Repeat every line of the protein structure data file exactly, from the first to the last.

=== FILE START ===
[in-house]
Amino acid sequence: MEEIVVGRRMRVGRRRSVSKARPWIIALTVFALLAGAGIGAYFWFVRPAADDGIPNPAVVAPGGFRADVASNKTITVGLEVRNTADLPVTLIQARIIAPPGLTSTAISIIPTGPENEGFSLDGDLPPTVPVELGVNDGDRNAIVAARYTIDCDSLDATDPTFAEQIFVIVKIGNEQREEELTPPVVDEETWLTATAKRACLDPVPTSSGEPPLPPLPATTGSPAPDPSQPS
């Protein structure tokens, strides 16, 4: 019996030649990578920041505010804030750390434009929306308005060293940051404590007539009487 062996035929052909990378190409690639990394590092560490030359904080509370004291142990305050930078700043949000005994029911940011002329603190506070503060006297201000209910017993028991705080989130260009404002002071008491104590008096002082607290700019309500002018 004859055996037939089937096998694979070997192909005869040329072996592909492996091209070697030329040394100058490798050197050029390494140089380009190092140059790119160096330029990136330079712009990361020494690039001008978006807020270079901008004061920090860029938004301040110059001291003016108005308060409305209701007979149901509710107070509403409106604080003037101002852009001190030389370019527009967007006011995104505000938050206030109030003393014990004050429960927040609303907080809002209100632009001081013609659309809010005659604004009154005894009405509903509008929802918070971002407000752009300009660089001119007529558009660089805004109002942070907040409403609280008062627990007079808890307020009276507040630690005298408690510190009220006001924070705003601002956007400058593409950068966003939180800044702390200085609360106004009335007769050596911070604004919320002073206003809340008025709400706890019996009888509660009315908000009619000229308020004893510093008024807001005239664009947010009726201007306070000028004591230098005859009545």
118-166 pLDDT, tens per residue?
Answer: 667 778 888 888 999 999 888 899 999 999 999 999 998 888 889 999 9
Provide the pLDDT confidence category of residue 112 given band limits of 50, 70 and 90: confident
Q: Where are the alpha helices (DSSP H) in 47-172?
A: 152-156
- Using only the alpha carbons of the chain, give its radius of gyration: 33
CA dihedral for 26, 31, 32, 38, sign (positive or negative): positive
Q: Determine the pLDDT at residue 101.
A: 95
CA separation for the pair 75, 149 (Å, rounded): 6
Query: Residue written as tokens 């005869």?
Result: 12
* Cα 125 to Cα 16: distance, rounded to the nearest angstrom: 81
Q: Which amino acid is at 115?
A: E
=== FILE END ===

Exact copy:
[in-house]
Amino acid sequence: MEEIVVGRRMRVGRRRSVSKARPWIIALTVFALLAGAGIGAYFWFVRPAADDGIPNPAVVAPGGFRADVASNKTITVGLEVRNTADLPVTLIQARIIAPPGLTSTAISIIPTGPENEGFSLDGDLPPTVPVELGVNDGDRNAIVAARYTIDCDSLDATDPTFAEQIFVIVKIGNEQREEELTPPVVDEETWLTATAKRACLDPVPTSSGEPPLPPLPATTGSPAPDPSQPS
């Protein structure tokens, strides 16, 4: 019996030649990578920041505010804030750390434009929306308005060293940051404590007539009487 062996035929052909990378190409690639990394590092560490030359904080509370004291142990305050930078700043949000005994029911940011002329603190506070503060006297201000209910017993028991705080989130260009404002002071008491104590008096002082607290700019309500002018 004859055996037939089937096998694979070997192909005869040329072996592909492996091209070697030329040394100058490798050197050029390494140089380009190092140059790119160096330029990136330079712009990361020494690039001008978006807020270079901008004061920090860029938004301040110059001291003016108005308060409305209701007979149901509710107070509403409106604080003037101002852009001190030389370019527009967007006011995104505000938050206030109030003393014990004050429960927040609303907080809002209100632009001081013609659309809010005659604004009154005894009405509903509008929802918070971002407000752009300009660089001119007529558009660089805004109002942070907040409403609280008062627990007079808890307020009276507040630690005298408690510190009220006001924070705003601002956007400058593409950068966003939180800044702390200085609360106004009335007769050596911070604004919320002073206003809340008025709400706890019996009888509660009315908000009619000229308020004893510093008024807001005239664009947010009726201007306070000028004591230098005859009545």
118-166 pLDDT, tens per residue?
Answer: 667 778 888 888 999 999 888 899 999 999 999 999 998 888 889 999 9
Provide the pLDDT confidence category of residue 112 given band limits of 50, 70 and 90: confident
Q: Where are the alpha helices (DSSP H) in 47-172?
A: 152-156
- Using only the alpha carbons of the chain, give its radius of gyration: 33
CA dihedral for 26, 31, 32, 38, sign (positive or negative): positive
Q: Determine the pLDDT at residue 101.
A: 95
CA separation for the pair 75, 149 (Å, rounded): 6
Query: Residue written as tokens 């005869």?
Result: 12
* Cα 125 to Cα 16: distance, rounded to the nearest angstrom: 81
Q: Which amino acid is at 115?
A: E